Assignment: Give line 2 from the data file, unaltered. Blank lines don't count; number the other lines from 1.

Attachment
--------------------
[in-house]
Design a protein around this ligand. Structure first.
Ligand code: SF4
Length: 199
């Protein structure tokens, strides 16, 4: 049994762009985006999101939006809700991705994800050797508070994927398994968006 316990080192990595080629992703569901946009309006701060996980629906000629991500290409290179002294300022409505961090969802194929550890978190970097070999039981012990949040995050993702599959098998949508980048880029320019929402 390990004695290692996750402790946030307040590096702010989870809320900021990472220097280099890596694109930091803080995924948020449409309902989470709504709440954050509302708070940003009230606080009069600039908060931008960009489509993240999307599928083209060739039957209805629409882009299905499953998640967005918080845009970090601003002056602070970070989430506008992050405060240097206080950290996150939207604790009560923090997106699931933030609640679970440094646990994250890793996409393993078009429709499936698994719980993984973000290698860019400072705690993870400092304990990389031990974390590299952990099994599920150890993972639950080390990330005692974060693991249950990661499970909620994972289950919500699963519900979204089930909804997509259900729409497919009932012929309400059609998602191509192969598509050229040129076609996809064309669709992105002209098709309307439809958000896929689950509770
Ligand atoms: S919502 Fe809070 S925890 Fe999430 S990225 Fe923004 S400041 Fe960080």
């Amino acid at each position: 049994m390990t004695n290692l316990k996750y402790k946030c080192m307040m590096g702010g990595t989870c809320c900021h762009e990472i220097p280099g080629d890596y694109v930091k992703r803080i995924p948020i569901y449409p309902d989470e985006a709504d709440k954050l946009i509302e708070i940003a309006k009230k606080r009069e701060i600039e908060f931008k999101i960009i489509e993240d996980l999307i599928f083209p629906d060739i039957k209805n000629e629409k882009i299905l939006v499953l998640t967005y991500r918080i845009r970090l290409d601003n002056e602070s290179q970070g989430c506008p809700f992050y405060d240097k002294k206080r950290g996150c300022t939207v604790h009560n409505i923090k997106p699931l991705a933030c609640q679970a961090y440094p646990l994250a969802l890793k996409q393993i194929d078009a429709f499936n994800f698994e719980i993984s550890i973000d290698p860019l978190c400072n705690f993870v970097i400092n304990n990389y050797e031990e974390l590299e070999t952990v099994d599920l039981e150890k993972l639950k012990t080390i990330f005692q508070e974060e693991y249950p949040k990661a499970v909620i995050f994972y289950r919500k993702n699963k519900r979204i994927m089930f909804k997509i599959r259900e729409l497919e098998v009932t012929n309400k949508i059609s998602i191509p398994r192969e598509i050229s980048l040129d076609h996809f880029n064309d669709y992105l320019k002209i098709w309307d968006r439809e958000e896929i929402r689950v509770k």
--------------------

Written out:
Design a protein around this ligand. Structure first.